Well, we slept through the farmer's market seminar. Truly poor planning to end a grand tasting at 8.00pm Friday and have a farmer's market seminar at 7.45 am Saturday morning. Haha. Poor planning on my part really. Anyway we heard it was packed so it may have worked out for the best (but I'll always have a secret yearning for what might have been).
After misreading the schedule and missing out on the Rioja seminar too (I know, I know, get it together, right?) we decided the duck seminar could not be missed. We made our way over the Galatoire's
early, hoping that the event wasn't sold out. Its common courtesy for press to give up their seats to people who purchased passes to the event, and I really really wanted a seat.
It filled up quick, but there was just enough room for everyone who arrived on time. The focus was duck duck duck. I have never eaten so much duck in my life. There was a short talk about the wine. Two Pinot Noirs and a Pinot Gris from MacMurray Ranch Winery. We sat to the side and it was hard to catch everything that was being said, so I'll leave the review off the wines up to Collin.
The seminar was set up in a panel type discussion. Chefs from four New Orleans area restaurants prepared and spoke about the duck dishes they have on their menu.
The guest chefs were-
David Gooch, Galatoire's Restaraunt
Greg Sonnier, Gabrielle Restaurant
Philip Chan, Asian Cajun Bistro
Bob Iacovone, Restaurant Cuvee
Here's where it gets confusing. We were sitting off to the side where we couldn't see or hear too well (I said it was packed, right?) and we got mixed up on which chef prepared which dish. Unfortunately, there wasn't a detailed menu of the dishes served. Instead of crediting chef's with dishes incorrectly, I'm just going to give a run down of the duck.Duck Gumbo served with Potato Salad
Dark duck stock with duck meat and rice. Really really rich flavor. Excellent way to wet your appetite for the duck tasting to come. Surprising light for such a rich flavor.
The potato salad was fresh, full of red peppers, hard boiled egg and duck cracklin'. It went great with the gumbo.Slow Roasted Duck in Puff pastry and Seared Foie Gras with Fruit Chutney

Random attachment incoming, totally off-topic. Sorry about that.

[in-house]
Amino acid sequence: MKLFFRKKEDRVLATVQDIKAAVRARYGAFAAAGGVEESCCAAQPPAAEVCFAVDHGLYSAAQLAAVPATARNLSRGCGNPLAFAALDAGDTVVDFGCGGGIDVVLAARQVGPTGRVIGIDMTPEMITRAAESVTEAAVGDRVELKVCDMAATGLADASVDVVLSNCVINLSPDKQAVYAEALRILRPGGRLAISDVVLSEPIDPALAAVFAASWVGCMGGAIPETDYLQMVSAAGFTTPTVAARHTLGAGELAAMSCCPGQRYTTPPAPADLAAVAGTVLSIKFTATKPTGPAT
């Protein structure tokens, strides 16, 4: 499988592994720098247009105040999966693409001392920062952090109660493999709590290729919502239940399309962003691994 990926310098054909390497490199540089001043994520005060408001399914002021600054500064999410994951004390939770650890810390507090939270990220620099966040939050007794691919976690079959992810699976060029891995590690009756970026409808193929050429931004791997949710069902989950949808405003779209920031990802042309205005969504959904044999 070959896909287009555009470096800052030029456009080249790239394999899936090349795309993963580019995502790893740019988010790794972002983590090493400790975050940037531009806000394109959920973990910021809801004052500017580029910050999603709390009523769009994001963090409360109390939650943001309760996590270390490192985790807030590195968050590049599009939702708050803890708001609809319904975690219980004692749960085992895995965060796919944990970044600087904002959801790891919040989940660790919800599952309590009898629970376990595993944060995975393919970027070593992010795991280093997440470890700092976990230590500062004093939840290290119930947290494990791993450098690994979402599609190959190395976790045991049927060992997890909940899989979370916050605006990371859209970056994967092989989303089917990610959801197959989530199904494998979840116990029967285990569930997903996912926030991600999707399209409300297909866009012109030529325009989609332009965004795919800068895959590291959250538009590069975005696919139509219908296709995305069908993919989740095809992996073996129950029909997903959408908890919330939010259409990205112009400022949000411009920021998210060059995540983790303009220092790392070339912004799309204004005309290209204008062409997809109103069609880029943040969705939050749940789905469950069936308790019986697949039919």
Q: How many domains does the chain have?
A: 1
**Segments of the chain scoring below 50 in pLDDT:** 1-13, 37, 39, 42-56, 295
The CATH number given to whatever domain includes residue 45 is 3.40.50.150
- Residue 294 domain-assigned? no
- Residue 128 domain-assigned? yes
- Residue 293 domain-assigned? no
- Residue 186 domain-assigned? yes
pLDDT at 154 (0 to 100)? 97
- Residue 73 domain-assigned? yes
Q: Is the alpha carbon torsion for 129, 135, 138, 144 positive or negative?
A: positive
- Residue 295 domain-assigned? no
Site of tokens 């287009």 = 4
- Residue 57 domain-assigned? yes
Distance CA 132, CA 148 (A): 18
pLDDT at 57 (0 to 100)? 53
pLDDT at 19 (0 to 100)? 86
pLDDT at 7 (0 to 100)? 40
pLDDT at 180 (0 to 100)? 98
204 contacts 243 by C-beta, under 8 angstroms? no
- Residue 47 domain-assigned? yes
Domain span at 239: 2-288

So this was my first time for foie gras. I was super excited when I found out we would get to try it. It was not what I expected. It had a very delicate flavor. Not quite as 'organny' as I expected. The texture was less distinct than I thought it would be. Very smooth with a slightly crisp exterior. I would like to try it again, prepared differently. I think I would have been upset if I had dropped serious coin to taste it.Beijing/Peking Duck, Duck Egg roll and Orange Duck
This was my favorite duck by far. All three were delicious. The Orange duck was moist and flavorful. The egg roll was nice, the duck flavor out shined all the other ingredients. The peking/beijing was good too, very straightforward, very traditional. Duck was, once again, the center of attention in all of the dishes. While the flavor could have been easily overpowered by other elements, it wasn't. My only complaint was the dipping sauces. Duck sauce and hoison were served with the dishes. The flavors went well (of course, they are the traditional sauces to accompany these dishes) but my complaint is that they both tasted like sauce you get with your takeout chinese. I was hoping for something a little more gourmet (must be the food snob in me coming out).
In all the duck dinner was fabulous. The food was great but the whole dining and panel discussion experience was even better. I wish we had made it to more seminars. I apologize to the chefs of each of these dishes for misrepresentation of any sort. It was difficult to hear, and the wine was good. I will gladly make changes to any dish that I butchered.
Labels: New Orleans Wine and Food Experience, Traveling